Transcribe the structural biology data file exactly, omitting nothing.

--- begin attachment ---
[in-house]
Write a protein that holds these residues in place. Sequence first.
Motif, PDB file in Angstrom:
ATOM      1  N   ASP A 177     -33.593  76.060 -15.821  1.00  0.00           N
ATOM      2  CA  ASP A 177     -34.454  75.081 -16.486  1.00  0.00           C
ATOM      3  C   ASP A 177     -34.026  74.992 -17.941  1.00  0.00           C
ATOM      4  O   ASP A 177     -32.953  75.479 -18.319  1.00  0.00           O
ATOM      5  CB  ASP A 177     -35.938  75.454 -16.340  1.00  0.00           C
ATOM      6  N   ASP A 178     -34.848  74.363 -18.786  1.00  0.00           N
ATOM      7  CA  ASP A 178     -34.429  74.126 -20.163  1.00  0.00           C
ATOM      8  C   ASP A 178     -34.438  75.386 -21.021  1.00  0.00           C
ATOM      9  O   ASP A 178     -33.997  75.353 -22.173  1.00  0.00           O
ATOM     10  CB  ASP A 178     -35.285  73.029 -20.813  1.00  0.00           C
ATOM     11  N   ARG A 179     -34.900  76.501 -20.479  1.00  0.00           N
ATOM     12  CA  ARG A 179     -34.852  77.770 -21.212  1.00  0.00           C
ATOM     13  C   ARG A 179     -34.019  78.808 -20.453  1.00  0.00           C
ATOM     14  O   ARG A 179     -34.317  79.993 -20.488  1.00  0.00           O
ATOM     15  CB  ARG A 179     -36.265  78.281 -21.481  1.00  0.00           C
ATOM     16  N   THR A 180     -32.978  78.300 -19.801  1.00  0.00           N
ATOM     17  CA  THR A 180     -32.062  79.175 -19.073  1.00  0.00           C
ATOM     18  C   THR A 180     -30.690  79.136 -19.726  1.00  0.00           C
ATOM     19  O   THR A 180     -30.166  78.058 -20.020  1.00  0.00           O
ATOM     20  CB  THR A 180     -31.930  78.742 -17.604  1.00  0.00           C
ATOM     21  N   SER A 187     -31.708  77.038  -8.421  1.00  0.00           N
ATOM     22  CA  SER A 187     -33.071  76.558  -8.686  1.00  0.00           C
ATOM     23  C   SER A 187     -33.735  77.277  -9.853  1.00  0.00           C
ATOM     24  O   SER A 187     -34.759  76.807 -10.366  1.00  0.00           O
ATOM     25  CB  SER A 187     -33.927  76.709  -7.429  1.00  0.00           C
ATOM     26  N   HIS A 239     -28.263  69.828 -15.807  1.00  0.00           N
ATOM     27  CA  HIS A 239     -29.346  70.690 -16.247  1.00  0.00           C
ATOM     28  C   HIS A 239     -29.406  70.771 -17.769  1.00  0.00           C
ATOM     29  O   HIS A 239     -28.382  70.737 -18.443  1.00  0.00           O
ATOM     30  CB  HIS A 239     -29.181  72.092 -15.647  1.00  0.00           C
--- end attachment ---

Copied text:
[in-house]
Write a protein that holds these residues in place. Sequence first.
Motif, PDB file in Angstrom:
ATOM      1  N   ASP A 177     -33.593  76.060 -15.821  1.00  0.00           N
ATOM      2  CA  ASP A 177     -34.454  75.081 -16.486  1.00  0.00           C
ATOM      3  C   ASP A 177     -34.026  74.992 -17.941  1.00  0.00           C
ATOM      4  O   ASP A 177     -32.953  75.479 -18.319  1.00  0.00           O
ATOM      5  CB  ASP A 177     -35.938  75.454 -16.340  1.00  0.00           C
ATOM      6  N   ASP A 178     -34.848  74.363 -18.786  1.00  0.00           N
ATOM      7  CA  ASP A 178     -34.429  74.126 -20.163  1.00  0.00           C
ATOM      8  C   ASP A 178     -34.438  75.386 -21.021  1.00  0.00           C
ATOM      9  O   ASP A 178     -33.997  75.353 -22.173  1.00  0.00           O
ATOM     10  CB  ASP A 178     -35.285  73.029 -20.813  1.00  0.00           C
ATOM     11  N   ARG A 179     -34.900  76.501 -20.479  1.00  0.00           N
ATOM     12  CA  ARG A 179     -34.852  77.770 -21.212  1.00  0.00           C
ATOM     13  C   ARG A 179     -34.019  78.808 -20.453  1.00  0.00           C
ATOM     14  O   ARG A 179     -34.317  79.993 -20.488  1.00  0.00           O
ATOM     15  CB  ARG A 179     -36.265  78.281 -21.481  1.00  0.00           C
ATOM     16  N   THR A 180     -32.978  78.300 -19.801  1.00  0.00           N
ATOM     17  CA  THR A 180     -32.062  79.175 -19.073  1.00  0.00           C
ATOM     18  C   THR A 180     -30.690  79.136 -19.726  1.00  0.00           C
ATOM     19  O   THR A 180     -30.166  78.058 -20.020  1.00  0.00           O
ATOM     20  CB  THR A 180     -31.930  78.742 -17.604  1.00  0.00           C
ATOM     21  N   SER A 187     -31.708  77.038  -8.421  1.00  0.00           N
ATOM     22  CA  SER A 187     -33.071  76.558  -8.686  1.00  0.00           C
ATOM     23  C   SER A 187     -33.735  77.277  -9.853  1.00  0.00           C
ATOM     24  O   SER A 187     -34.759  76.807 -10.366  1.00  0.00           O
ATOM     25  CB  SER A 187     -33.927  76.709  -7.429  1.00  0.00           C
ATOM     26  N   HIS A 239     -28.263  69.828 -15.807  1.00  0.00           N
ATOM     27  CA  HIS A 239     -29.346  70.690 -16.247  1.00  0.00           C
ATOM     28  C   HIS A 239     -29.406  70.771 -17.769  1.00  0.00           C
ATOM     29  O   HIS A 239     -28.382  70.737 -18.443  1.00  0.00           O
ATOM     30  CB  HIS A 239     -29.181  72.092 -15.647  1.00  0.00           C